Developers deal with so many abstraction layers when they are coding that they are totally oblivious to what happens underneath, and everything is irritatingly slow. My G5 Quad with Debian reacts instantly to almost anything I throw at it (besides Web). If it is stuck processing something (like a video or a picture), I can do something in the meantime with realtime responsiveness.

My work Windows 8 computer, with all the Symantec security bloat, software to block USB storage, software to do incremental cloud backups (that renders the computer unusable when it operates), and all the crap, make the computer unresponsive for clicks and interaction (even though it may encode videos faster). On Windows 10, I hate when Microsoft sends me a popup asking me to try Edge, or if i remembered to configure my Wireless network - I DON'T WANT EDGE, AND I'M ON A WIRED NETWORK - please don't waste processor cycles and RAM with this crap, please! And please stop switching Bluetooth on all the time. I don't use it, and it eats battery!

This is getting long, no one is going to read this far. Computing is frustrating nowadays, and I'm not even that old.
I only use my newer computers when I have to (for work sometimes), or to browse the Internet.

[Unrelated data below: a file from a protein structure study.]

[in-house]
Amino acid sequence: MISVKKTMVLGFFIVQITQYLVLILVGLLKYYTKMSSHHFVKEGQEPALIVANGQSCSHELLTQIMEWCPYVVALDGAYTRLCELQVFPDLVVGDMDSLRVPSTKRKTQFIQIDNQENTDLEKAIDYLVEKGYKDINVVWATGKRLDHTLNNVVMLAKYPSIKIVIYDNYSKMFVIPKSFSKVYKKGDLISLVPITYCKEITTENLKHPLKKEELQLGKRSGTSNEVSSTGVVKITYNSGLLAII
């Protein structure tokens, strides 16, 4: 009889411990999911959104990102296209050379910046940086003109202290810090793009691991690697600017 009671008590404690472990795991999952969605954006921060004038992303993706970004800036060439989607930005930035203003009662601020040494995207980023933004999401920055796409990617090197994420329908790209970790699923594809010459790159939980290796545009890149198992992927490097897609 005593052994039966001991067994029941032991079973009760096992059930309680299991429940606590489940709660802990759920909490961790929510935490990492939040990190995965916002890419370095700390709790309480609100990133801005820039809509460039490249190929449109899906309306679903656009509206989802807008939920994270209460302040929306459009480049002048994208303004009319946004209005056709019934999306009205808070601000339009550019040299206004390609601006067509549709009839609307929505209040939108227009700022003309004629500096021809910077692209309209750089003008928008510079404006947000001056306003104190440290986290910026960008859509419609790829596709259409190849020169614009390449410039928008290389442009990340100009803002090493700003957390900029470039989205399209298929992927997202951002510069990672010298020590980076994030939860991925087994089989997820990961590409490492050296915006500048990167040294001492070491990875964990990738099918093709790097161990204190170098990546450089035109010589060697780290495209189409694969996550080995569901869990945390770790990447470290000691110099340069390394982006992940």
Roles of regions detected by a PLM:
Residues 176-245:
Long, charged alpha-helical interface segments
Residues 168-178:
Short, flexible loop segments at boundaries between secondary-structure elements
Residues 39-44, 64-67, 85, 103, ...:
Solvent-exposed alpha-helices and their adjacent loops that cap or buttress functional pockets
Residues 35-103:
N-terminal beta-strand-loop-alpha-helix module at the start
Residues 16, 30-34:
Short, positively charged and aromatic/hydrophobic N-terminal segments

All my music, my photography, my videos, my writing - all is done in older computers, with simpler software.

</rant>

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Re: HP(e) buys SGI for US$275MM

Unread postby Dodoid » Thu Nov 24, 2016 2:52 pm

Shiunbird wrote:I disagree with all the race for lower power consumption, and I actually find it rather un-ecological.

We are all witnesses that capable hardware is being tossed out and marked as obsolete for no practical reason.
Whilst I agree that sometimes lower power consumption makes a lot of difference, nowadays we are deploying more and more renewable power sources (solar, wind) when, in the meantime, a large share of rare earth metals that go into making the computers are not recoverable.

We live in a time where it's ok to throw away usable and working things.